Your discount programs–are you solving pain points or creating them?

Posted on Jan 3, 2012 · 6 min read

There’s this thing, called the Internet…you can do all sorts of things with it. You can look up facts, like how many plastic surgeries Cameron Diaz has had. You can communicate with people about what you had for breakfast, and post pictures of the Virgin Mary’s image on your toast. You can also sell stuff. That’s right, on the Internet, you can sell stuff. The cool thing is, you can sell stuff to people outside your neighborhood. That means you can sell a lot more stuff to a lot more people. This Internet thing is huge, right? Like revolutionary!

No, this isn’t a blog post from 1994. This is a message to all those merchants out there who advertise, market, promote, and yes, even sell on the Internet, but still think it’s a valid shopping experience to ask customers to walk into a store to finish a transaction. I’m putting on my saffron robes, stepping up on a soapbox, and holding my signs that I finger-painted this morning with pistachio-flavored instant pudding—People, I implore you, the end is near.

Companies of all sizes make the mistake of focusing too much on their product and not enough on their audience. When I speak to my groups of small business owners and marketing students about who their audience is, I get a lot of bored faces and everyone stops taking notes. It’s not any fun to talk about. Throw up a slide of how adding a contest to a podcast increased revenue, or how using Google’s webmaster tool got us 2 million views on YouTube in six months, now that’s fun. But talk about creating a profile of your target market and determining your customers pain points and people start checking their fantasy lacrosse team’s stats on their smart phone.

So I’ll lob you a soft, slow one—making people leave an online shopping experience to finish their transaction is painful. As a marketer, we are supposed to be getting out of bed every day to solve a customer’s pain with our products. We’re supposed to be dedicated to solving pain points. But if you tell a customer they can have a discount only if they shop in-person, or make them join a club to get a discount, you’ve created a pain point. Which means that too often, your customer will go someplace else to buy instead, and complain about you to anyone who will listen on their entire journey.

Show and Save

Leave it to marketers to create a difficult process to use a discount, then give it a cute name in hopes that no one will notice that it’s root-canal-painful. “Show and save” is the process of getting a student or military discount by showing your id. Because customers currently can’t “show” a student or military discount online, they have to go in person.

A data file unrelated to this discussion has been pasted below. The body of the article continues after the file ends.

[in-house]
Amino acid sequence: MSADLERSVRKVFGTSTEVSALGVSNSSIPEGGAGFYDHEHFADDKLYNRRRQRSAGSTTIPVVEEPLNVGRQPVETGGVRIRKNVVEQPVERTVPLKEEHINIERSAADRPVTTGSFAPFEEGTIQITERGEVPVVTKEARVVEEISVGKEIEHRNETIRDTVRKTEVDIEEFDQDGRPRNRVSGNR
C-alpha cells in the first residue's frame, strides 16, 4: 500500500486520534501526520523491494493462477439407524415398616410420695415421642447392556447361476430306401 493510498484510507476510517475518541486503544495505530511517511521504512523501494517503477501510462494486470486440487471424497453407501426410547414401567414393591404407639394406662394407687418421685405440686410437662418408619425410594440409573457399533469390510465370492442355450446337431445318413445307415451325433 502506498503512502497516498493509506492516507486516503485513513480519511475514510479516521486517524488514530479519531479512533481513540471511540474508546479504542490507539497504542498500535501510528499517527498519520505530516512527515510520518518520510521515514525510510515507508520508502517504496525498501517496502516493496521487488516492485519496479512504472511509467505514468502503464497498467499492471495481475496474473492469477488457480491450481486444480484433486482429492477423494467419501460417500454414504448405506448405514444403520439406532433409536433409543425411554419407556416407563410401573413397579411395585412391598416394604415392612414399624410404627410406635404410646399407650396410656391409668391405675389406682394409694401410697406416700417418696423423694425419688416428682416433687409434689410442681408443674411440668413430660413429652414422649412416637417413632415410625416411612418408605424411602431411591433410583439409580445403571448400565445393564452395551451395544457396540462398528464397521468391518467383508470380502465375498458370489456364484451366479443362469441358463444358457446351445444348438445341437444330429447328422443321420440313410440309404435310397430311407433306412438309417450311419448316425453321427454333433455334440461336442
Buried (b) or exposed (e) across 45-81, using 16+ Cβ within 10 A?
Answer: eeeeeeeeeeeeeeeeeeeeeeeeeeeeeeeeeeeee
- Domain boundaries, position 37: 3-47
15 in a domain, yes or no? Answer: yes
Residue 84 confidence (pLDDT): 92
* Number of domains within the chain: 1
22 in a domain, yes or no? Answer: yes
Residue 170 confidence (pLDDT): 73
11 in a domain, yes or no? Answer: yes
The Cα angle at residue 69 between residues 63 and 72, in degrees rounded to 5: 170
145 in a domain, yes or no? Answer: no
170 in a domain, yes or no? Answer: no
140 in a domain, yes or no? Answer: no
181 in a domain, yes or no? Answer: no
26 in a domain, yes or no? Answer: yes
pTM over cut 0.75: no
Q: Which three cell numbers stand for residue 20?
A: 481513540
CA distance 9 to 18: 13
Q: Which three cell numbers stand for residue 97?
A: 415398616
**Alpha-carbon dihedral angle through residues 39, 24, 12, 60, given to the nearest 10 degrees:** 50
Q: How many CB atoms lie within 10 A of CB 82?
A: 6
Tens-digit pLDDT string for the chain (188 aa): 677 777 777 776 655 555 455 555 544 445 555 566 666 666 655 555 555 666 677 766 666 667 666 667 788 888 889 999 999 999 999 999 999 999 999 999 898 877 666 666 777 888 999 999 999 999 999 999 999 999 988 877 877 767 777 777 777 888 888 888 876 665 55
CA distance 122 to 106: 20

There are even “solutions” out there to help you create a “show and save” program. The student or soldier can pay to join and get a card. They then show that card to prove that they are a student or soldier. But wait, there’s more pain. We’ve called several of those retailers who accept the “club” cards, and they still require that you show your student or military i.d. with the “club” card that you paid for. Are you as confused as I am yet?

I wish I had some stats for you to prove my specific point of how lame it is to tell people they have to buy from you in person, or ask them to pay to join a club to prove that they are who they say they are. But I don’t. Here are some nuggets to chew on that at least circle in on the issue:

1. There are studies done that show that adding one extra step to your online shopping cart reduces your conversion rate by 30%–like adding a phone number field when you don’t need it, or requiring a password. So you can imagine if you asked them to get in their car…

2. We recently completed a survey of college students that showed that 72% of college students would use student discounts more often if they were easier to use.

3. Costs for an online transaction are a fraction of the cost of an in-person/brick-and-mortar transaction. It is a different number for every business, but ranges from 40 – 75% cheaper for a customer to use your website to make a purchase.

I get it. Targeting a specific market is how marketing works. It makes for a better targeted message, makes for a more efficient marketing spend, and should lead to better results. But we need to fast-forward to the end of the movie. It’s not pretty. John Cusack doesn’t get the girl and there are no plans for a sequel. When you are a store who markets to students and military, but then tell them that they can’t redeem their discount online, you’ve doomed your marketing to, at best, mediocre results.

A good blog post would now offer four steps to fix this broken process and increase your ROI, your conversion rates, your reach, and your market share. I don’t have a list. SheerID offers a solution that verifies the identity of college students, or any other group that you deem worthy of a discount. The verification happens in your online shopping cart, and your customer doesn’t have to do anything, they won’t even notice it is happening other than high-fiving their cat over saving a bunch of money and having a sweet online purchasing experience.

To save this blog post from being one giant sales pitch—don’t call SheerID if you aren’t ready to make the change. But let this eight minutes of reading challenge you to at least fire off some emails to your analysts and IT guys and run the numbers. Do a little research to see what it would do to your market share if you could move your discounts to online. If they look good, like “get you a promotion” good, then call us, and we can help you figure out the solution that will work for you.

Marci Hansen by Marci Hansen